We recently showed that the pollen S-determinant, PrpS could be expressed in compatible Arabidopsis thaliana, a self-compatible model plant. Exposing transgenic A. thaliana pollen to recombinant Papaver PrsS protein triggered remarkably similar responses to those observed in incompatible Papaver pollen. This demonstrated that PrpS is functional in a species with no SI system that diverged ~140 million years ago, and suggests that the Papaver SI system uses cellular targets that are, perhaps, common to all eudicots and that endogenous signaling components can be recruited to elicit a response that most likely never operated in this species. We are currently exploring if the Papaver S-determinants are functional in other plant species/genera and also if they work in other cell types.

7. We are pursuing possible commercial aspects of using SI, by investigating whether poppy SI can be transferred to other species in collaboration with Dr Barend de Graaf (Cardiff) and Dr Wendy Harwood (JIC). This follows on from filing a patent in 2008. This is a very exciting opportunity; LES College KT Development funding (£20,000) allowed us to pursue obtaining further data to consolidate the patent. Links have been made with PBL, who are currently marketing this application, which could be of immense value to plant breeders in the production of F1 hybrids. 


Katie A. Wilkins, Maurice Bosch, Tamanna Haque, Nianjun Teng, Natalie Poulter and Vernonica E. Franklin-Tong (2015). Self-Incompatibility-induced Programmed Cell Death in Papaver pollen involves dramatic acidification of the incompatible pollen tube cytosol. Plant Physiology January 2015 pp.114.252742 doi: http:/​/​dx.​doi.​org/​10.​1104/​pp.​114.​252742

Wilkins KA, Poulter NS, Franklin-Tong VE (2014) Taking one for the team: self -recognition and cell suicide in pollen.J Exp Bot. 65 : 1331-1342.

Eaves DJ, Flores-Ortiz C, Haque T, Lin Z, Teng N, Franklin-Tong VE. (2014) Self-Incompatibility in Papaver: Advances in integrating the signalling network. Biochermical Transactions 42:370-6. doi: 10.1042/BST20130248

Barend H. J. de Graaf, Sabina Vatovec, Javier Andrés Juárez-Díaz, Lijun Chai, Kreepa Kooblall, Katie A. Wilkins, Huawen Zou, F. Christopher H. Franklin and Vernonica E. Franklin-Tong. The Papaver self-incompatibility pollen S-determinant, PrpS, functions in Arabidopsis thaliana. Current Biology 22 (2), 154-159. doi:10.1016/j.cub.2011.12.006

Katie A. Wilkins, James Bancroft, Maurice Bosch, Jennifer Ings, Nicholas Smirnoff and Vernonica E. Franklin-Tong (2011). ROS and NO mediate actin reorganization and programmed cell death in the Self-Incompatibility response of Papaver. Plant Physiology 156, 404-416. DOI: 10.1104/pp.110.167510.

Smertenko, A. & Franklin-Tong, VE (2011). Organization & Regulation of the cytoskeleton in plant programmed cell death. Cell Death & Differentiation 18, 1263-1270. doi:10.1038/cdd.2011.39

Wouter G. van Doorn, Eric P. Beers, Jeffery L. Dangl, Vernonica E. Franklin-Tong, Hiroo Fukuda, Patrick Gallois, Jean Greenberg, Ikuko Hara-Nishimura, Alan M. Jones, Maki Kawai-Yamada, Eric Lam11, John Mundy12, Luis Mur, Morten Petersen, Andrei Smertenko, Michael Taliansky, Frank van Breusegem16, Thomas Wolpert, Ernst Woltering, Boris Zhivotovsky, Peter V. Bozhkov(2011). Morphological classification of plant cell deaths. Cell Death & Differentiation 18, 8, 1241-1246.doi:10.1038/cdd.2011.36

Noni Franklin-Tong (2011). Self-fertilization: article in: Brenner’s Encyclopedia of Genetics.

V.E. Franklin-Tong (ed.) Self-Incompatibility in Flowering Plants – Evolution, Diversity, and MechanismsPubl. Springer-Verlag Berlin Heidelberg 2008. This is the first monograph on this topic for 30 years.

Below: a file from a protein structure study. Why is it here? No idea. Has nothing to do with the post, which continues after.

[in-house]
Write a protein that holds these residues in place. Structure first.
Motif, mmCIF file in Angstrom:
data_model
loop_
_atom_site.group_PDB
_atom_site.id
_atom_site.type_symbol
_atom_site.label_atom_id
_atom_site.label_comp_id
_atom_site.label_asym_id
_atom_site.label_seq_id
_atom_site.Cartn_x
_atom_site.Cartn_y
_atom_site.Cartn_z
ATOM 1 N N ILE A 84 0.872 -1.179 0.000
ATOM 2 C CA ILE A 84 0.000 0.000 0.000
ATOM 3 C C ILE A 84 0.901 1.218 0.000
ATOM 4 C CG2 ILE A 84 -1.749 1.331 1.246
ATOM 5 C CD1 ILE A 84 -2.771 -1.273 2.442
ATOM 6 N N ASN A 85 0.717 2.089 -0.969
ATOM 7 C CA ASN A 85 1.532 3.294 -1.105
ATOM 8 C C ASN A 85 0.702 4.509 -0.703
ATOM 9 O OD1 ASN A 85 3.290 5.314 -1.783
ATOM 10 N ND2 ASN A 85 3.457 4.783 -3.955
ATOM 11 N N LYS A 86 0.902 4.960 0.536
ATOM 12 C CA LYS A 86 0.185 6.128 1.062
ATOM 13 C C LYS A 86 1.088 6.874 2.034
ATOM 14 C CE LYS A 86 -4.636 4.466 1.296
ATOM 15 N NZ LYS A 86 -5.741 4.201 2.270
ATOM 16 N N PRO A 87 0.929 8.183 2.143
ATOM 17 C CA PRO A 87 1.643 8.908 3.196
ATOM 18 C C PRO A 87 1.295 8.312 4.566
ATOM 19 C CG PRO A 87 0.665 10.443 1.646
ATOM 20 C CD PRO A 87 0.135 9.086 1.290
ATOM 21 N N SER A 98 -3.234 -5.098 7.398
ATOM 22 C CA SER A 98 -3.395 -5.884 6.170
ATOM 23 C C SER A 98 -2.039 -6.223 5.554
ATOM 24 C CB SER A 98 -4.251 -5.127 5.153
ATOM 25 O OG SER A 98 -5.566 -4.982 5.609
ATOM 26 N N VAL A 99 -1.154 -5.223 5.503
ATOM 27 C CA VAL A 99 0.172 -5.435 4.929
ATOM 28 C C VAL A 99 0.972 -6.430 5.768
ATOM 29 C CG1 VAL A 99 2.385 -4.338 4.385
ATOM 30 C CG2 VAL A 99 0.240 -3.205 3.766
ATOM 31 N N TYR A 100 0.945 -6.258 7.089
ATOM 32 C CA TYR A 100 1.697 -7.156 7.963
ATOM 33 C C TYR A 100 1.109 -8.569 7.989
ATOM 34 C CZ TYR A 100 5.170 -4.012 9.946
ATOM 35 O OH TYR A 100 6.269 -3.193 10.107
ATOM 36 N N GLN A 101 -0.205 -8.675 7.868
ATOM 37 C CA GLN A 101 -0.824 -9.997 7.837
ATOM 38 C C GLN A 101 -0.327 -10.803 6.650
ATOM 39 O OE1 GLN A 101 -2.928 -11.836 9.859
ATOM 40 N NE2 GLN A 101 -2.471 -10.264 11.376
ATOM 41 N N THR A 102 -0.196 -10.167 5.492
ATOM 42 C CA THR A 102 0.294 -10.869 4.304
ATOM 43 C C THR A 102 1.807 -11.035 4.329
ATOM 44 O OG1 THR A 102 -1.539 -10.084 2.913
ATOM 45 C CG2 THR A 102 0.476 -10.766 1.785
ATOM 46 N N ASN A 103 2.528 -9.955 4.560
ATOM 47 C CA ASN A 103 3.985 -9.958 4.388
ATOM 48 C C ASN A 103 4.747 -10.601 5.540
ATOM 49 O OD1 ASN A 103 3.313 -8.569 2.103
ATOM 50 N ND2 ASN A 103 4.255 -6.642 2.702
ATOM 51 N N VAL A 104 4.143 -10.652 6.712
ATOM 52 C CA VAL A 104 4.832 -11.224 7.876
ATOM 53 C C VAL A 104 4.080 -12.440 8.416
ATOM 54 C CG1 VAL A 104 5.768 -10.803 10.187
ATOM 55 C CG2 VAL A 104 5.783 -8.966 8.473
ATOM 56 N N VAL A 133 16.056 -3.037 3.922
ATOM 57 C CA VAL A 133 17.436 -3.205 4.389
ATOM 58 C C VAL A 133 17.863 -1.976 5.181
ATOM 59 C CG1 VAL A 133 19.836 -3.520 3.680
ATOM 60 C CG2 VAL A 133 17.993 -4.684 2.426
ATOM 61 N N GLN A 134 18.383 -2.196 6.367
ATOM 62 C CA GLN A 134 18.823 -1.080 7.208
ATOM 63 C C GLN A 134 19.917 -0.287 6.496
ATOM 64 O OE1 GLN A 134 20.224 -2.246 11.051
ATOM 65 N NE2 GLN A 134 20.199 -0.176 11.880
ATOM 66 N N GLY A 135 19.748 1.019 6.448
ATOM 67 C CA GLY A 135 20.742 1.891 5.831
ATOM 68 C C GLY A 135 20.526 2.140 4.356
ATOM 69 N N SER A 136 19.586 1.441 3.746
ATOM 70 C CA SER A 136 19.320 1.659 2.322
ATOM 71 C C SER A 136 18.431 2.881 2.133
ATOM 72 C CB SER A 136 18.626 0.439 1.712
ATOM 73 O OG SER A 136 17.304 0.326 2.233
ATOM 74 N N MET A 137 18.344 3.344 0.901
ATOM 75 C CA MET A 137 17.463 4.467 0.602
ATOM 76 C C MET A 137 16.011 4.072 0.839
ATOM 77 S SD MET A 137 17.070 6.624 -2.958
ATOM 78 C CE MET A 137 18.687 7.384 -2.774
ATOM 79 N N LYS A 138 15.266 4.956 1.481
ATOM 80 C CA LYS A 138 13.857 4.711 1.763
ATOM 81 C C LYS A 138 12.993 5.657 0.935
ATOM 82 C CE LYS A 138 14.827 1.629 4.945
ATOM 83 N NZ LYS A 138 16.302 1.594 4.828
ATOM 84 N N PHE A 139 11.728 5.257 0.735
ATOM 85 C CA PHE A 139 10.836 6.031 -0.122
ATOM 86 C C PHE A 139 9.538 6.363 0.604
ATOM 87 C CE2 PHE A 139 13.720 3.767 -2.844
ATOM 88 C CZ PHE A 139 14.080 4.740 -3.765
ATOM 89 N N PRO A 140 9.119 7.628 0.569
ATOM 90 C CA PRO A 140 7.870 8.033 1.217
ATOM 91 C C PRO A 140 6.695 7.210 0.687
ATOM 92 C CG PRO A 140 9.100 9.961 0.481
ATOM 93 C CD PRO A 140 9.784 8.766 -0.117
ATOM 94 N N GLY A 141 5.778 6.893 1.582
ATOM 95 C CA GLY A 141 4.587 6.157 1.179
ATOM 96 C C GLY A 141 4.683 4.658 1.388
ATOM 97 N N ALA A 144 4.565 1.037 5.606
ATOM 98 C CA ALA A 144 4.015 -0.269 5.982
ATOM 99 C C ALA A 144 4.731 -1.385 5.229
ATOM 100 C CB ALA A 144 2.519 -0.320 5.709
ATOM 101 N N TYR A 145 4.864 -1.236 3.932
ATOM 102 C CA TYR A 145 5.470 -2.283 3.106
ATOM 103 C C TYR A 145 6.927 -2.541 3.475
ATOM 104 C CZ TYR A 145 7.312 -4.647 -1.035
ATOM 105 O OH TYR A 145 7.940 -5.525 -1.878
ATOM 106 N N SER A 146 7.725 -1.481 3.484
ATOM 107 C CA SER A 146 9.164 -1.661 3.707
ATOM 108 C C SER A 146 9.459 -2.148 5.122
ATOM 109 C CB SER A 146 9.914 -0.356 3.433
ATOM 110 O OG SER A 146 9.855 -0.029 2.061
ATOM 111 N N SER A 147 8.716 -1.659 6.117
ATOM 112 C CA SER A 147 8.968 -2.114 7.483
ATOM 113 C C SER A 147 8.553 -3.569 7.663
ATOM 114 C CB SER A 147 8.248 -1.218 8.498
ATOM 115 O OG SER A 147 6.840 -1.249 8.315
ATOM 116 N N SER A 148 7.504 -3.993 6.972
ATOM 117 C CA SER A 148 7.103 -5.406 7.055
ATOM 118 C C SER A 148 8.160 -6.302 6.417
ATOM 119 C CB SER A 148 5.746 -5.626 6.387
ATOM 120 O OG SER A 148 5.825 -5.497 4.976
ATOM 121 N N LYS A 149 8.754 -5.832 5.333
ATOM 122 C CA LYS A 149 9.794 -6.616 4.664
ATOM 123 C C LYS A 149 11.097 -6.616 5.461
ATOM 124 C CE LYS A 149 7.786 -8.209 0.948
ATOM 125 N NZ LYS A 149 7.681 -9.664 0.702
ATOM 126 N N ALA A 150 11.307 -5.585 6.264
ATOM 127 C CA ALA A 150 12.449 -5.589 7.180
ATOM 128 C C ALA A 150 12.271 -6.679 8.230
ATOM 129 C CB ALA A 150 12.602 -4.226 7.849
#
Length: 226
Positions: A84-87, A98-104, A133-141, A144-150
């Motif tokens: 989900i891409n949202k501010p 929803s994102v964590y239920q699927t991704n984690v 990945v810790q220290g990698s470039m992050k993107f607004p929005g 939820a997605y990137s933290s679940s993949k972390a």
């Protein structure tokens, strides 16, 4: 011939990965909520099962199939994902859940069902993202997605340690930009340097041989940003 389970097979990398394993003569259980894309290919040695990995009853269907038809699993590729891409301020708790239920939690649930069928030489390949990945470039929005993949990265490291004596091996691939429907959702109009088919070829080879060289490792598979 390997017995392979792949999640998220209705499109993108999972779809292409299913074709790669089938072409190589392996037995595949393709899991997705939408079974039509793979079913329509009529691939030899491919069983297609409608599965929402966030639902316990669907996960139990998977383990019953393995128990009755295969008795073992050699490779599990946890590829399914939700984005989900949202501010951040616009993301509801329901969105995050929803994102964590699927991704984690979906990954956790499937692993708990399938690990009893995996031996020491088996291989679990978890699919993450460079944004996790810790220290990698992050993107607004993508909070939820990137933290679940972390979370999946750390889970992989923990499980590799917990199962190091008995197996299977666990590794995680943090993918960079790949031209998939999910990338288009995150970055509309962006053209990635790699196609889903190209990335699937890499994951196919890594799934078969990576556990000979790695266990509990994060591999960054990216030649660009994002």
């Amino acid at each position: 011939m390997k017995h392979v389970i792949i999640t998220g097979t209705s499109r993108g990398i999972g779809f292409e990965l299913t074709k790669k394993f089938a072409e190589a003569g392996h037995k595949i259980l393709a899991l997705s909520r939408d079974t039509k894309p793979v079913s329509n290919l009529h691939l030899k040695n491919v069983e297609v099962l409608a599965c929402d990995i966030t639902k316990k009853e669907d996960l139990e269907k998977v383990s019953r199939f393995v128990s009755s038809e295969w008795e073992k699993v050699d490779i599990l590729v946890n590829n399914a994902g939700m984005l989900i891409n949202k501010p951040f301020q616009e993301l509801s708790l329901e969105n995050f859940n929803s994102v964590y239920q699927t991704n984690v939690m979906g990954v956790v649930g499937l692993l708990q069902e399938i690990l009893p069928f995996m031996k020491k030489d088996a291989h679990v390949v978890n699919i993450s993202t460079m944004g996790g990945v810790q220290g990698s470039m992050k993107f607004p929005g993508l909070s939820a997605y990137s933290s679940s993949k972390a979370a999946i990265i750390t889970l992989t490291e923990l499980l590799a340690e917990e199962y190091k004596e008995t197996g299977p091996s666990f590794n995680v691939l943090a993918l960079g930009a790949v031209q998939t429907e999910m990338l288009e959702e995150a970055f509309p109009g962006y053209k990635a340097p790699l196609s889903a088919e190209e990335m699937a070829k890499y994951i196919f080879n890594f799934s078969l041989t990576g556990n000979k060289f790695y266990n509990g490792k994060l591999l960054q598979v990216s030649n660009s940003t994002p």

Natalie S. Poulter, Maurice Bosch, &Vernonica E. Franklin-Tong (2011) Proteins implicated in mediating Self-Incompatibility-induced alterations to the actin cytoskeleton of Papaver pollen. Annals of Botany: doi:10.1093/aob/mcr022.

Juyou Wu, Su Wang, Yuchun Gu, Shaoling Zhang, Stephen J Publicover and V. E. Franklin-Tong (2011) Self-incompatibility in Papaver rhoeasactivates non-specific cation conductance(s) permeable to Ca2+and K+. Plant Physiology 155: 963-973.

Maurice Bosch, Natalie S. Poulter, Ruth M. Perry, Katie Wilkins and V. E. Franklin-Tong (2010). Characterization of a legumain/vacuolar processing enzyme and YVADase activity in Papaver pollen. Plant Molecular Biology 74 (4), 381-393. DOI: 10.1007/s11103-010-9681-9.

Natalie S. Poulter, Christopher J. Staiger, Joshua Z. Rappoport, and Vernonica E. Franklin-Tong (2010). Actin-Binding Proteins Implicated in the Formation of the Punctate Actin Foci Stimulated by the Self-Incompatibility Response in Papaver. Plant Physiol. 152: 1274-1283.

Wheeler, M.J., de Graaf, B.H.J., Hadjiosif, N.E., Perry, R.M., Poulter, N.S., Osman, K., Vatovec, S., Harper, A., Franklin, F.C.H & Franklin-Tong, V.E. (2009). Identification of the pollen self-incompatibility determinant in Papaver rhoeas. Nature 459, 992-995.

Poulter, N. S., Vatovec, S. and Franklin-Tong VE. (2008). Microtubules Are a Target for Self-Incompatibility Signaling in Papaver Pollen. Plant Physiol. 146, 1358-1367.

Bosch M. & Franklin-Tong VE. (2007). Temporal and spatial activation of caspase-like enzymes induced by self-incompatibility in Papaver pollen. Proc. Natl. Acad. Sci. USA. 104 (46) 18327-18332. 

S. Li, J. Samaj & V. E. Franklin-Tong. (2007). A MAP kinase signals to Programmed Cell Death induced by Self-Incompatibility in Papaver pollen. Plant Physiol 145, 236-245.

B.H.J. de Graaf, J.J. Rudd, M. J. Wheeler, R.M. Perry, E. M. Bell, K. Osman, F. C.H. Franklin & V. E. Franklin-Tong (2006). Self-incompatibility in Papavertargets soluble inorganic pyrophosphatases in pollen. Nature 444, 490-493. Selected for "Editor’s Choice" in Nature.

Thomas, S. Huang , S. Li, C.J. Staiger and V.E.  Franklin-Tong. (2006). Actin depolymerization is sufficient to induce programmed cell death in self-incompatible pollen. S.G. Journal of Cell Biology 174, 221-229. This article was selected for a highlight JCB "In This Issue" section and by Cell in a "Leading Edge"; Aug 11th 2006 issue of Cell).

Huang, S., Blanchoin, L., Chaudhry, F., Franklin-Tong, V.E. and Staiger, C.J. (2004) A gelsolin-like protein from Papaver rhoeaspollen (PrABP80) stimulates calcium-regulated severing and depolymerization of actin filaments. Journal of Biological Chemistry 279, 23364-23375.

Thomas, S.G. & Franklin-Tong, VE. (2004) Programmed Cell Death is triggered by self-incompatibility in Papaver pollen. Nature 429, 305-309.


Sexual reproduction in higher plants; preventing inbreeding through self-incompatibility; the mechanisms, including programmed cell death that tells incompatible pollen to commit suicide